Marketing & PR: What’s the Difference?
A lie gets halfway around the world before the truth has a chance to get its pants on. — Winston Churchill
If I was down to the last dollar of my marketing budget I’d spend it on PR. – Bill Gates
There is only one thing in the world worse than being talked about, and that is not being talked about. – Oscar Wilde
Many a small thing has been made large by the right kind of advertising. – Mark Twain
People do not buy goods and services. They buy relations, stories and magic.– Seth Godin
If you don’t like what is being said, then change the conversation. – Don Draper in Mad Men
So What’s the Difference Between Marketing and PR?
Basically, marketing focuses on products and services while public relations focuses on relationships. While both marketing and PR are management functions, they have very different roles. Public relations is a staff function that indirectly supports an organization’s goals and objectives. Marketing is a line function that impacts an organization’s bottom line. Formal definitions of each are at the end of this article. A primary difference between marketing and PR is the target audiences. Marketing targets the desired end-user (customer) of the product or service. PR targets multiple “publics,” which can include media, employees, investors, customers, a particular community and more.
Public relations can build and maintain a positive image and even change how customers perceive a business. News coverage can benefit marketing by spurring sales from the positive perception.
On the other hand, marketing usually doesn’t seek to promote the entire company or improve its image. It focuses on product, promotion, price and the target markets that will potentially buy. You may have heard the terms “paid,” “earned” and “owned” media relative to marketing and public relations programs. Let’s examine:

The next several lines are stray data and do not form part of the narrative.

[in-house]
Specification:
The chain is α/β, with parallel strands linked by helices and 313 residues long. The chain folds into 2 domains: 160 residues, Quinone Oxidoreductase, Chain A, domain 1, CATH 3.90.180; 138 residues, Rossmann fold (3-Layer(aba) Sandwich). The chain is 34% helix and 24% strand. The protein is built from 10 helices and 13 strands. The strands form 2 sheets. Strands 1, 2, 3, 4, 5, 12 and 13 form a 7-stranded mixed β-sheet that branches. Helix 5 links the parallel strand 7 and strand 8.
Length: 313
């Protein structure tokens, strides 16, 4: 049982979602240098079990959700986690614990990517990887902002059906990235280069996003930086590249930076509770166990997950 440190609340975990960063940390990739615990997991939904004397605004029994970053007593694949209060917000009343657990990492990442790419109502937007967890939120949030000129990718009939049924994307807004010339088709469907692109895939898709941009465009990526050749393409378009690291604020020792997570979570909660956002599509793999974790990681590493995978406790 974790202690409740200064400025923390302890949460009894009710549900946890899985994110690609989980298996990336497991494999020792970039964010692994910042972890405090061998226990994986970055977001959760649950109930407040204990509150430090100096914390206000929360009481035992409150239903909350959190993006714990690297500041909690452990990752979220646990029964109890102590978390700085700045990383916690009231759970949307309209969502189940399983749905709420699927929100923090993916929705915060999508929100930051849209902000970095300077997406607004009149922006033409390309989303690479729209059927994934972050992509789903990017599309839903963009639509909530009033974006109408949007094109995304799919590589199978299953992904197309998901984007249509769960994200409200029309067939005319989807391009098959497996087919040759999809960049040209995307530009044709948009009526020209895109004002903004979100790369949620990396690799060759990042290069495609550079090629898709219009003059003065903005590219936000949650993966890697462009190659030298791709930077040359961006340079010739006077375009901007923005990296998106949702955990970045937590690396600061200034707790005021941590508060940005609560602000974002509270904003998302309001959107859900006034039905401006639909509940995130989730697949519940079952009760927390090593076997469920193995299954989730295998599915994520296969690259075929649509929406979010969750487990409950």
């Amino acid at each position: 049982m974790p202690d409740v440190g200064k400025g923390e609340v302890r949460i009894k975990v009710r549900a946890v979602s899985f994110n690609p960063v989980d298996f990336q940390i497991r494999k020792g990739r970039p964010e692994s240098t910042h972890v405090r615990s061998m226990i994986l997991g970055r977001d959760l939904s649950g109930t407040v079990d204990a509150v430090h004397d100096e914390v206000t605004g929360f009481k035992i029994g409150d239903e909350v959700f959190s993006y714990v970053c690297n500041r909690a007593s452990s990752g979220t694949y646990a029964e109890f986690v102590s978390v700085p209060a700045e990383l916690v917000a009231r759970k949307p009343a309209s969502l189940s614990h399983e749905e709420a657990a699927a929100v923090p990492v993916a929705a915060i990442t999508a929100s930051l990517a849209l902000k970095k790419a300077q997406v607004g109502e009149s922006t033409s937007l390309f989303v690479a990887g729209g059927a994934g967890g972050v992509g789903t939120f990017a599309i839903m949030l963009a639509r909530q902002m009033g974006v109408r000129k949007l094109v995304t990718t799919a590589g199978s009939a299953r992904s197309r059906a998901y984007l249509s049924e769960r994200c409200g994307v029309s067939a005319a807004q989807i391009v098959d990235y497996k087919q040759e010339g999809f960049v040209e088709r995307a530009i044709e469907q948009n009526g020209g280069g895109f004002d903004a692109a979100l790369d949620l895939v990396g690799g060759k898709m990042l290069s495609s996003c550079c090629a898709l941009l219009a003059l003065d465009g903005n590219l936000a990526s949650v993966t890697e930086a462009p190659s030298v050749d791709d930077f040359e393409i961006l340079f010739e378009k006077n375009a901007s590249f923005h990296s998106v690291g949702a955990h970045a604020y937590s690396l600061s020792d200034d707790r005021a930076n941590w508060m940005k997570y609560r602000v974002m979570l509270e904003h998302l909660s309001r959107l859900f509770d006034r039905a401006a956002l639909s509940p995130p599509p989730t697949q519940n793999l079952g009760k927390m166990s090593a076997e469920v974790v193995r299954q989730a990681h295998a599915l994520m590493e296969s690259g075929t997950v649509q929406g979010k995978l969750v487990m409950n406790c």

This includes paid advertising: print, broadcast and online. For large companies, it can be the biggest expenditure in the marketing budget.
This includes “assets” that a business owns, such as a website, blog and social media profiles.
Earned media is free and can include articles published through third parties such as bloggers, journalists and other influencers. It also includes the transmission of messages via social media. Earned media is perceived as more credible than paid media because it is an objective third-party endorsement. That upside is also a downside. Media coverage is uncontrolled, meaning PR professionals cannot control the story angle, date of publication or content. PR professionals may use several methods to seek positive media coverage, including pitching unique stories to journalists, engaging journalists on social media, finding opportunities for clients to build credibility (such as public speaking events), managing crises and providing media training. Marketers often gather information on customers through vehicles such as market research, post-purchase outreach and advocacy. PR and marketing can work together to boost the bottom line. Public relations can ensure that customers and prospects already have a positive opinion about a product or service that leads them to take action after encountering owned or paid media.
Public Relations: The business of inducing the public to have understanding for and goodwill toward a person, firm, or institution; the degree of understanding and goodwill achieved. Marketing: The process or technique of promoting, selling and distributing a product or service; an aggregate of functions involved in moving goods from producer to consumer.